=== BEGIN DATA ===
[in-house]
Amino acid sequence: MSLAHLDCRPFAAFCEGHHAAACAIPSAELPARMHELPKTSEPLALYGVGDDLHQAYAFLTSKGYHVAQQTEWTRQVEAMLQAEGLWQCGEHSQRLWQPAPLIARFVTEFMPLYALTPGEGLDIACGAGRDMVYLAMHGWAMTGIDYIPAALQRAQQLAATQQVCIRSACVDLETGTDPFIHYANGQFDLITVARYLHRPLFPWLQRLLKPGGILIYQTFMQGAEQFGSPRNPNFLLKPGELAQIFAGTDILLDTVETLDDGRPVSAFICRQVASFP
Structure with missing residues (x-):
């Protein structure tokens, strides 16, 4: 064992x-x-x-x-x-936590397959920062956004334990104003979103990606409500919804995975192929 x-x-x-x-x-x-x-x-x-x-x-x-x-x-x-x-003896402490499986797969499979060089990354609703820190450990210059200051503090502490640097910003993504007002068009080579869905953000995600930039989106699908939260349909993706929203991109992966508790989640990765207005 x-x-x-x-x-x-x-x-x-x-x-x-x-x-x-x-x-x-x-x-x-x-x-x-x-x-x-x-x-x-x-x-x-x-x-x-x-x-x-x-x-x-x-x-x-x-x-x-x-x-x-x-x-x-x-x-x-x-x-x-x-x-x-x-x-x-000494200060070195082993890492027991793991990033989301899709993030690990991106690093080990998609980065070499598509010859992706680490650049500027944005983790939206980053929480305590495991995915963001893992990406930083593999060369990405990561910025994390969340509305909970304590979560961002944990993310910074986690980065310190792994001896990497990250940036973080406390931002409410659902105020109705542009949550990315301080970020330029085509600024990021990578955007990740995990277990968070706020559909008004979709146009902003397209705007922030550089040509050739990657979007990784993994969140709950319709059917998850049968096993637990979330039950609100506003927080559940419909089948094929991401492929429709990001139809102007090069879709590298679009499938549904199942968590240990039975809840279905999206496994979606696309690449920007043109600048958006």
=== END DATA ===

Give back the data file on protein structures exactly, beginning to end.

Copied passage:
[in-house]
Amino acid sequence: MSLAHLDCRPFAAFCEGHHAAACAIPSAELPARMHELPKTSEPLALYGVGDDLHQAYAFLTSKGYHVAQQTEWTRQVEAMLQAEGLWQCGEHSQRLWQPAPLIARFVTEFMPLYALTPGEGLDIACGAGRDMVYLAMHGWAMTGIDYIPAALQRAQQLAATQQVCIRSACVDLETGTDPFIHYANGQFDLITVARYLHRPLFPWLQRLLKPGGILIYQTFMQGAEQFGSPRNPNFLLKPGELAQIFAGTDILLDTVETLDDGRPVSAFICRQVASFP
Structure with missing residues (x-):
């Protein structure tokens, strides 16, 4: 064992x-x-x-x-x-936590397959920062956004334990104003979103990606409500919804995975192929 x-x-x-x-x-x-x-x-x-x-x-x-x-x-x-x-003896402490499986797969499979060089990354609703820190450990210059200051503090502490640097910003993504007002068009080579869905953000995600930039989106699908939260349909993706929203991109992966508790989640990765207005 x-x-x-x-x-x-x-x-x-x-x-x-x-x-x-x-x-x-x-x-x-x-x-x-x-x-x-x-x-x-x-x-x-x-x-x-x-x-x-x-x-x-x-x-x-x-x-x-x-x-x-x-x-x-x-x-x-x-x-x-x-x-x-x-x-x-000494200060070195082993890492027991793991990033989301899709993030690990991106690093080990998609980065070499598509010859992706680490650049500027944005983790939206980053929480305590495991995915963001893992990406930083593999060369990405990561910025994390969340509305909970304590979560961002944990993310910074986690980065310190792994001896990497990250940036973080406390931002409410659902105020109705542009949550990315301080970020330029085509600024990021990578955007990740995990277990968070706020559909008004979709146009902003397209705007922030550089040509050739990657979007990784993994969140709950319709059917998850049968096993637990979330039950609100506003927080559940419909089948094929991401492929429709990001139809102007090069879709590298679009499938549904199942968590240990039975809840279905999206496994979606696309690449920007043109600048958006």